Commuter Bike

A long time ago, when I was a young, avid bicyclist I had a salesman call on me. He shared my love of the human-powered two-wheel machines. We’d grab a bite and talk bikes. I remember him telling me, “My wife is really upset at the number of bikes I have. I’ve got my road racing bike, my triathalon racing bike, my around-the-neighborhood-beater bike, my mountain bike, my touring bike, my cargo bike that I take to the grocery store, a tandem, and a fun pavement bike. Eight bicycles are too many for one person, but I can’t think of any of them that I can live without. I want an ultralight road bike, but she says I have to get rid of two before I can buy one more. I don’t know what I’m going to do.”

I said that I knew exactly how he felt.

Right now, I can’t live with fewer than two bikes. I have my old road bike, my vintage Technium – I call it my “fun” bike. For a machine that’s almost thirty years old it’s light and nimble enough, fairly narrow tires, and I keep it as “clean” as I can and still carry what I need. It’s good when I want to crank out the miles.

But I wanted another bike, a “commuter” bike. That bike is the opposite – a bike with all sorts of shit hanging on and off it. Wide gearing, wide tires, fenders, front and rear racks, two water bottles, room for locks and tools, lights, and upright handlebars. In other words, a bike that can go anywhere and carry anything.

European style bikes like that are now available with great accessories such as internal-geared hubs and generators for lights. I can’t afford that, however, so I began to rebuild something in my garage – my old 90’s-era Yokota Yosemite mountain bike (I bought it [used, probably hot] in a pawn shop around 1994 for sixty dollars). I scoured the Internet for bargains and sales, and picked cheap, used stuff up at swap meets and came up with the parts I needed.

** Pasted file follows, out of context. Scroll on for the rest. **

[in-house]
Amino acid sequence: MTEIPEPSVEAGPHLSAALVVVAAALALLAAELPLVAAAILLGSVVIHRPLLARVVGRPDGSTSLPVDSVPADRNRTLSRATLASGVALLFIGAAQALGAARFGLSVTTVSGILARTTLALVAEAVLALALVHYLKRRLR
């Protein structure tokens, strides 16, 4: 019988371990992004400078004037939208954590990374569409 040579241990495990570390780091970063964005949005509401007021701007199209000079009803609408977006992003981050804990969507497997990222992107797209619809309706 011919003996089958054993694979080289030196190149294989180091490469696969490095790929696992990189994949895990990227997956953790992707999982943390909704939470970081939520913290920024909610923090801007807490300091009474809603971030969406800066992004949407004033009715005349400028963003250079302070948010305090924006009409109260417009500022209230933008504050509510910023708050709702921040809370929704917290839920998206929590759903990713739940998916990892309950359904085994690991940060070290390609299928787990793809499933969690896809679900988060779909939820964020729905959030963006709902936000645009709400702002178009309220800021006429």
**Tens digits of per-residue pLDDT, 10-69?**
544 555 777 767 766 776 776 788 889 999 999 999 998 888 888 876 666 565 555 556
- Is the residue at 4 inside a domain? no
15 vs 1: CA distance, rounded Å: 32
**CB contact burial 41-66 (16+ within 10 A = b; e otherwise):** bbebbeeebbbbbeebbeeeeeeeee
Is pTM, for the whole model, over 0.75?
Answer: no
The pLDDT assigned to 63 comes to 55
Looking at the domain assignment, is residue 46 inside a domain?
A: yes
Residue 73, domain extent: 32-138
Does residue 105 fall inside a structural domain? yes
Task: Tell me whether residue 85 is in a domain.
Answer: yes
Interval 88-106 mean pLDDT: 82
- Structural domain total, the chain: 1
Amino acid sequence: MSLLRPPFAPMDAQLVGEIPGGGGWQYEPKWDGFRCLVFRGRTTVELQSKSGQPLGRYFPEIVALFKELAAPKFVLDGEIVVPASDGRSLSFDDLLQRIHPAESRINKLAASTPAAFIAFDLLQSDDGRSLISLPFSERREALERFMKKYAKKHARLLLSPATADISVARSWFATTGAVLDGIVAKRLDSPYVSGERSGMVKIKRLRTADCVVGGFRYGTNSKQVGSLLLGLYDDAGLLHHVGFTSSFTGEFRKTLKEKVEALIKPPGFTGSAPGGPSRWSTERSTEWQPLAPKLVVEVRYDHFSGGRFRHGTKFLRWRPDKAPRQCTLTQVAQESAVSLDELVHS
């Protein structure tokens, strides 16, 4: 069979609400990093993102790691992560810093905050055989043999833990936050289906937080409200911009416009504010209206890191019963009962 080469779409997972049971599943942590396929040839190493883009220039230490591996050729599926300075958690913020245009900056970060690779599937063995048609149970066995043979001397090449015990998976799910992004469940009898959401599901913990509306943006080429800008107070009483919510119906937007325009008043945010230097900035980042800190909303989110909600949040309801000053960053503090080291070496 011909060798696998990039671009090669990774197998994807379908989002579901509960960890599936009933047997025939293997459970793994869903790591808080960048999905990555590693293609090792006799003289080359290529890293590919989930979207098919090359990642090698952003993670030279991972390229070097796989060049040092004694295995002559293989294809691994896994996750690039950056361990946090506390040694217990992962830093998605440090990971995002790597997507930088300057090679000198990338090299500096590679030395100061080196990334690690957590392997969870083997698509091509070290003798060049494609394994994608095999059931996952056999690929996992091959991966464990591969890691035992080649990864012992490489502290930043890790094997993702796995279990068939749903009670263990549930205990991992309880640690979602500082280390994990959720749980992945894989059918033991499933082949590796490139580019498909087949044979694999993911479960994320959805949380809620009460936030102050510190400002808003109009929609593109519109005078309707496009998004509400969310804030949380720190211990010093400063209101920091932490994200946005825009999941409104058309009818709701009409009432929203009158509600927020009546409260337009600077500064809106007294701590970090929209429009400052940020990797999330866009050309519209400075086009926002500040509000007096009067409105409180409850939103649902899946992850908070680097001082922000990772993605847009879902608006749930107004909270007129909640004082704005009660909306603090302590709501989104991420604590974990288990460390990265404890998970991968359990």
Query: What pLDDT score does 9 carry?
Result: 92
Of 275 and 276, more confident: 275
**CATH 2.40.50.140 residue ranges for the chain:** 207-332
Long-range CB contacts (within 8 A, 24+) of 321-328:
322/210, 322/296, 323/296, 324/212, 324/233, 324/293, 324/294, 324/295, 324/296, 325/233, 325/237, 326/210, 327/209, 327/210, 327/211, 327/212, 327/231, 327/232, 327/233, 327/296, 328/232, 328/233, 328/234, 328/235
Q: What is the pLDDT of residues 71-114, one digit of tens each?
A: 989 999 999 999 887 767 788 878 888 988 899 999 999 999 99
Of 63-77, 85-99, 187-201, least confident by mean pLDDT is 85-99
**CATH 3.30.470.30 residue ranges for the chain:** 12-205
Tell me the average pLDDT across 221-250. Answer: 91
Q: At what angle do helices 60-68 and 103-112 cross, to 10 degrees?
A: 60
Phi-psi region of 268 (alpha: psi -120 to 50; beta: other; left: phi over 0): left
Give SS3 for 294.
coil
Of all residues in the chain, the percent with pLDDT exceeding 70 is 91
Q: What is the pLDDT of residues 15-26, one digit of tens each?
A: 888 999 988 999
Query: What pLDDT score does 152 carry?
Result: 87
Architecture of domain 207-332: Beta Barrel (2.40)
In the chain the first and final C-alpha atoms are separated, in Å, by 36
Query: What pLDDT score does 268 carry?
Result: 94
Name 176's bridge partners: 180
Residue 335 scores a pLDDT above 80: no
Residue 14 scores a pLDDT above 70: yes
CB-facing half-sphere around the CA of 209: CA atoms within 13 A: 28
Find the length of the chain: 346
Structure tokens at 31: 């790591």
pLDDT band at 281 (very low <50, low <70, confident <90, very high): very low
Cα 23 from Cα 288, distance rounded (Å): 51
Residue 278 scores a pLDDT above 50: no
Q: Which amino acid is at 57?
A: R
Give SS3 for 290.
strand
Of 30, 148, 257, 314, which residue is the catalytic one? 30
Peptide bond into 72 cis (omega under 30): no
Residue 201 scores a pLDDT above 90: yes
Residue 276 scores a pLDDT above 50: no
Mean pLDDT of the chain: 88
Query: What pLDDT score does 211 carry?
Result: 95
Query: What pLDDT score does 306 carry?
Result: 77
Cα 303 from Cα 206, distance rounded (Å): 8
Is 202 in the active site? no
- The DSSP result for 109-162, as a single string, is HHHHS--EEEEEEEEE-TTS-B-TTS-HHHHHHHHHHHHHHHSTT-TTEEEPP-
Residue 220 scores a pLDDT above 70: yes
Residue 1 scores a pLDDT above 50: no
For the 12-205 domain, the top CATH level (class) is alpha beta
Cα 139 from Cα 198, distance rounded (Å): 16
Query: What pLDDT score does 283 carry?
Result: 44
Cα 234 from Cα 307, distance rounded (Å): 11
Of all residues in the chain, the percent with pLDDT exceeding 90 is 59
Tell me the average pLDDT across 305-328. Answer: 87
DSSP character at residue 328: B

The last time I wrote about it – I had stripped the paint off the old, mostly white bike (the paint was hopelessly scratched and torn up). So now I’ve rattle-canned the thing a dark green (Charleston Green – almost black) and put it back together. The paint job is embarrassingly bad – but it won’t rust.

Some of the gear I have on it:

  • Nashbar Rear Rack
  • Front Rack – picked up used at a swap meet
  • New V-Brakes bought on clearance online (to replace the weak squeaky cantilevers)
  • New shifter-brake combo levers
  • Bar ends
  • The narrowest almost-slick tires the wheels will take.
  • Old seat-bag with tools (these never come off the bike)
  • Head and tail lights and an extra mount for an emergency flashlight
  • Mini-pump and velcro mount (I broke the plastic water-bottle mount)
  • New grips
  • Platform pedals (inefficient, but I want to be able to get on and off quickly – no clicking in)
  • Italian Saddle (bought used off Ebay – a lot of folks think those big, wide seats are comfortable, but once you are used to them the narrow saddles are best. Unfortunately, I left the thing on the porch one evening and the dogs chewed the leather a bit – but it still works).
  • All fresh ball bearings in the wheels and bottom bracket
  • New middle sprocket (the old one was amazingly worn) and chain
  • Planet Bike ATB plastic fenders

That looks like a lot – but I only spent a couple hundred dollars or so. A lot cheaper than a new bike.

I’ve been experimenting with mounting crap on the front and rear racks. I bought a used bag at a swap meet that works on either one – it holds my camera well. For a while, I’ve had some panniers and a cooler that I can carry cold water in – that helps get me through the summer. I have this nice little plastic box I bought at Staples and mount on the front with nylon wingnuts – it looks awful (it’s this bright translucent blue – I’ll go by there and get a grey one soon) but is handy to throw in last minute stuff – phone, lock, whatever.

Finally, I’ve been experimenting with ways to mount writing materials (pens, moleskine, and/or my Alphasmart keyboard) to carry for bicycle writing marathons. I’ve found a couple of compact bags that hang from the rear rack with two small carabiner clips. Works great (If I carry a full laptop I prefer to wear a backpack – for a little more cushioning and safety).